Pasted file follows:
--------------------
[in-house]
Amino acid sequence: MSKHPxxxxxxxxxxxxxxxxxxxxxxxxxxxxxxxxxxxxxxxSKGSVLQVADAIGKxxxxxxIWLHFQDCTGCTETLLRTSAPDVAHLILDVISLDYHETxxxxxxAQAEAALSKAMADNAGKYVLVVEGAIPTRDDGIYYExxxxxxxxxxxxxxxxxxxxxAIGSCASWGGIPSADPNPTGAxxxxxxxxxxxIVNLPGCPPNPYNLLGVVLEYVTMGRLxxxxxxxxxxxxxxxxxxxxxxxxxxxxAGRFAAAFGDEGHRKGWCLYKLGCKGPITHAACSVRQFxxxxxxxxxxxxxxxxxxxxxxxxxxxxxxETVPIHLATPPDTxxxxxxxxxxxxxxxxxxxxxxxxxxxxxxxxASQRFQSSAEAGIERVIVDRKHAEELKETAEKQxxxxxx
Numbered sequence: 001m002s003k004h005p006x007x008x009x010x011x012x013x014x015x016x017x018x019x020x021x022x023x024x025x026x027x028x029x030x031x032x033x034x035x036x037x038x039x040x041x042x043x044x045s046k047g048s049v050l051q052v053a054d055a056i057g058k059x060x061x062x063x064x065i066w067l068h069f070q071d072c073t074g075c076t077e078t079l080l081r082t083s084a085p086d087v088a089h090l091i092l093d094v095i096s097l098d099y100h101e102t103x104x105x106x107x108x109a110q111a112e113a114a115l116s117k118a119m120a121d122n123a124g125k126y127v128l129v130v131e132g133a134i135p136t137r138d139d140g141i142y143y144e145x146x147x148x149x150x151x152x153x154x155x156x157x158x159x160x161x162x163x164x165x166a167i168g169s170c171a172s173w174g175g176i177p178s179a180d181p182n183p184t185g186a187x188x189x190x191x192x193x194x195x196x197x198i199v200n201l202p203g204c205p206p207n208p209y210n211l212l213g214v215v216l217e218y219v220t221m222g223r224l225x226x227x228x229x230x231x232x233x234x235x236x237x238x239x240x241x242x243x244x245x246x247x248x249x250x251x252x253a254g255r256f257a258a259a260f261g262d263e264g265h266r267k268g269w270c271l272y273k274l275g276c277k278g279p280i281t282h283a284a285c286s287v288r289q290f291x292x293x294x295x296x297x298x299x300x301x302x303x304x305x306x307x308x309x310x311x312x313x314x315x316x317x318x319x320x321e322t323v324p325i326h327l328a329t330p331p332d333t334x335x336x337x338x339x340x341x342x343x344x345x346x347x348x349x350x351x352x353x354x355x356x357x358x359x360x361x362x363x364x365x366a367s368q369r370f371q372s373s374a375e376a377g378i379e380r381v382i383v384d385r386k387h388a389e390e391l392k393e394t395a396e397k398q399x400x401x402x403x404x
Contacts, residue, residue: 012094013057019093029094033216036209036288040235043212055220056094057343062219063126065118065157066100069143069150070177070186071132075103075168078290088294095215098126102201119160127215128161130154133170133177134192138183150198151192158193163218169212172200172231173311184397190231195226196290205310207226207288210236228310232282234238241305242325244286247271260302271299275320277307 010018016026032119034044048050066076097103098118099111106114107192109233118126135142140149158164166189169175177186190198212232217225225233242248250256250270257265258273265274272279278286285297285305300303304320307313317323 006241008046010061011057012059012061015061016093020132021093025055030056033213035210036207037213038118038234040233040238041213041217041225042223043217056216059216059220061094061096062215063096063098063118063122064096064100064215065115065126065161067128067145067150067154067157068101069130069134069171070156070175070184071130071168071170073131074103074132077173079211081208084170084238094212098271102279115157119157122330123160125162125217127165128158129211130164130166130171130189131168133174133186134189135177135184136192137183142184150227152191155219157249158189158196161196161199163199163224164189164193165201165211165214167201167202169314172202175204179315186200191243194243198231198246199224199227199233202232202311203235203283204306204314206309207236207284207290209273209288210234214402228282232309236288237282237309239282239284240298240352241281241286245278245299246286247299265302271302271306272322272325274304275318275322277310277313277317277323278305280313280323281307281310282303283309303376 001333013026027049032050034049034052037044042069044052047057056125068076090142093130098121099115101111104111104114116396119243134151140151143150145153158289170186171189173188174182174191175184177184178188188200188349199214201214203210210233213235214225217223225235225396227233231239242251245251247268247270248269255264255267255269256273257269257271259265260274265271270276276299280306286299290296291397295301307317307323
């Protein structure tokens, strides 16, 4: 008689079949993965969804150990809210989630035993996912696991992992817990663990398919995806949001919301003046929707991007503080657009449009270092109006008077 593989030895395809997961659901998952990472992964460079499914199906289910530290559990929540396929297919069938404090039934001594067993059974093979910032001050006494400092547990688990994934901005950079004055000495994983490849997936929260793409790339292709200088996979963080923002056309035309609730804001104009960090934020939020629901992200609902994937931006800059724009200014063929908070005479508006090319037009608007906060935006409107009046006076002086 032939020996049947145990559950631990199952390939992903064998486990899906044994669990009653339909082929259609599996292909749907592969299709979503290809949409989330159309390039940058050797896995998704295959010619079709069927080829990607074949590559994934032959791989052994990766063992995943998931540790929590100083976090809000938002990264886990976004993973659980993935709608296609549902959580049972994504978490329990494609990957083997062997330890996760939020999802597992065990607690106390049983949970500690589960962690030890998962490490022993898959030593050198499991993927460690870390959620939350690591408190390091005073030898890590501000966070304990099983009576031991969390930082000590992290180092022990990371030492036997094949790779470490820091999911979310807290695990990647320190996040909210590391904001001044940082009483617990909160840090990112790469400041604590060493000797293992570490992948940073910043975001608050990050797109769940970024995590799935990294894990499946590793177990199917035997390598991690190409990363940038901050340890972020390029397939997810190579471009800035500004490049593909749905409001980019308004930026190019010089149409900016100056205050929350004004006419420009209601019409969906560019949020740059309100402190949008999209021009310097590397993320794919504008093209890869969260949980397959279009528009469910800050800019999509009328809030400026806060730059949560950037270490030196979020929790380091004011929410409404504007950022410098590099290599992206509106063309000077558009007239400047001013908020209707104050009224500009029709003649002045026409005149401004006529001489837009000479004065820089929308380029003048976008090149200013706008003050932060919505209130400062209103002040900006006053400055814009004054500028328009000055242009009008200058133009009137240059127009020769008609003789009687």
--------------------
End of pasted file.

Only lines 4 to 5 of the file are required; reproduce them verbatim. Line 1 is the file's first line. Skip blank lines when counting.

Contacts, residue, residue: 012094013057019093029094033216036209036288040235043212055220056094057343062219063126065118065157066100069143069150070177070186071132075103075168078290088294095215098126102201119160127215128161130154133170133177134192138183150198151192158193163218169212172200172231173311184397190231195226196290205310207226207288210236228310232282234238241305242325244286247271260302271299275320277307 010018016026032119034044048050066076097103098118099111106114107192109233118126135142140149158164166189169175177186190198212232217225225233242248250256250270257265258273265274272279278286285297285305300303304320307313317323 006241008046010061011057012059012061015061016093020132021093025055030056033213035210036207037213038118038234040233040238041213041217041225042223043217056216059216059220061094061096062215063096063098063118063122064096064100064215065115065126065161067128067145067150067154067157068101069130069134069171070156070175070184071130071168071170073131074103074132077173079211081208084170084238094212098271102279115157119157122330123160125162125217127165128158129211130164130166130171130189131168133174133186134189135177135184136192137183142184150227152191155219157249158189158196161196161199163199163224164189164193165201165211165214167201167202169314172202175204179315186200191243194243198231198246199224199227199233202232202311203235203283204306204314206309207236207284207290209273209288210234214402228282232309236288237282237309239282239284240298240352241281241286245278245299246286247299265302271302271306272322272325274304275318275322277310277313277317277323278305280313280323281307281310282303283309303376 001333013026027049032050034049034052037044042069044052047057056125068076090142093130098121099115101111104111104114116396119243134151140151143150145153158289170186171189173188174182174191175184177184178188188200188349199214201214203210210233213235214225217223225235225396227233231239242251245251247268247270248269255264255267255269256273257269257271259265260274265271270276276299280306286299290296291397295301307317307323
């Protein structure tokens, strides 16, 4: 008689079949993965969804150990809210989630035993996912696991992992817990663990398919995806949001919301003046929707991007503080657009449009270092109006008077 593989030895395809997961659901998952990472992964460079499914199906289910530290559990929540396929297919069938404090039934001594067993059974093979910032001050006494400092547990688990994934901005950079004055000495994983490849997936929260793409790339292709200088996979963080923002056309035309609730804001104009960090934020939020629901992200609902994937931006800059724009200014063929908070005479508006090319037009608007906060935006409107009046006076002086 032939020996049947145990559950631990199952390939992903064998486990899906044994669990009653339909082929259609599996292909749907592969299709979503290809949409989330159309390039940058050797896995998704295959010619079709069927080829990607074949590559994934032959791989052994990766063992995943998931540790929590100083976090809000938002990264886990976004993973659980993935709608296609549902959580049972994504978490329990494609990957083997062997330890996760939020999802597992065990607690106390049983949970500690589960962690030890998962490490022993898959030593050198499991993927460690870390959620939350690591408190390091005073030898890590501000966070304990099983009576031991969390930082000590992290180092022990990371030492036997094949790779470490820091999911979310807290695990990647320190996040909210590391904001001044940082009483617990909160840090990112790469400041604590060493000797293992570490992948940073910043975001608050990050797109769940970024995590799935990294894990499946590793177990199917035997390598991690190409990363940038901050340890972020390029397939997810190579471009800035500004490049593909749905409001980019308004930026190019010089149409900016100056205050929350004004006419420009209601019409969906560019949020740059309100402190949008999209021009310097590397993320794919504008093209890869969260949980397959279009528009469910800050800019999509009328809030400026806060730059949560950037270490030196979020929790380091004011929410409404504007950022410098590099290599992206509106063309000077558009007239400047001013908020209707104050009224500009029709003649002045026409005149401004006529001489837009000479004065820089929308380029003048976008090149200013706008003050932060919505209130400062209103002040900006006053400055814009004054500028328009000055242009009008200058133009009137240059127009020769008609003789009687």